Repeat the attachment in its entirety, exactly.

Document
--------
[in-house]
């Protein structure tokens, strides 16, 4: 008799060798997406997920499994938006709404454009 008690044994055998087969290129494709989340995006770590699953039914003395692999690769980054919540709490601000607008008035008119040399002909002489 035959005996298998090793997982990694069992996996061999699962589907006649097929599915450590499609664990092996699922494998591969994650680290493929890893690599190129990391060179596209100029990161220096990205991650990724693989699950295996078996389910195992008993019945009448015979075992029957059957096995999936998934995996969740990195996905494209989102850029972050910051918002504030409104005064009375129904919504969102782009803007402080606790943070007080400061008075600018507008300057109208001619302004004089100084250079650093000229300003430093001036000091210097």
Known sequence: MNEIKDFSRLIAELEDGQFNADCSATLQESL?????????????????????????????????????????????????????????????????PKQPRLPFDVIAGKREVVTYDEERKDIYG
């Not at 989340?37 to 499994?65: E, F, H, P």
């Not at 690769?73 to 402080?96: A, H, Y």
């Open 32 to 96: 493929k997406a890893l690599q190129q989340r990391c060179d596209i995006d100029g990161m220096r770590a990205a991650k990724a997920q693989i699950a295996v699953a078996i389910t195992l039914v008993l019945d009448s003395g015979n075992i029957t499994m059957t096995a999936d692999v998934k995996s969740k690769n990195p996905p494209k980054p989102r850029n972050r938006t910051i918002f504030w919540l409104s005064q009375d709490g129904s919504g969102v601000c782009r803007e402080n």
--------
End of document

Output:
[in-house]
């Protein structure tokens, strides 16, 4: 008799060798997406997920499994938006709404454009 008690044994055998087969290129494709989340995006770590699953039914003395692999690769980054919540709490601000607008008035008119040399002909002489 035959005996298998090793997982990694069992996996061999699962589907006649097929599915450590499609664990092996699922494998591969994650680290493929890893690599190129990391060179596209100029990161220096990205991650990724693989699950295996078996389910195992008993019945009448015979075992029957059957096995999936998934995996969740990195996905494209989102850029972050910051918002504030409104005064009375129904919504969102782009803007402080606790943070007080400061008075600018507008300057109208001619302004004089100084250079650093000229300003430093001036000091210097």
Known sequence: MNEIKDFSRLIAELEDGQFNADCSATLQESL?????????????????????????????????????????????????????????????????PKQPRLPFDVIAGKREVVTYDEERKDIYG
């Not at 989340?37 to 499994?65: E, F, H, P």
């Not at 690769?73 to 402080?96: A, H, Y």
């Open 32 to 96: 493929k997406a890893l690599q190129q989340r990391c060179d596209i995006d100029g990161m220096r770590a990205a991650k990724a997920q693989i699950a295996v699953a078996i389910t195992l039914v008993l019945d009448s003395g015979n075992i029957t499994m059957t096995a999936d692999v998934k995996s969740k690769n990195p996905p494209k980054p989102r850029n972050r938006t910051i918002f504030w919540l409104s005064q009375d709490g129904s919504g969102v601000c782009r803007e402080n």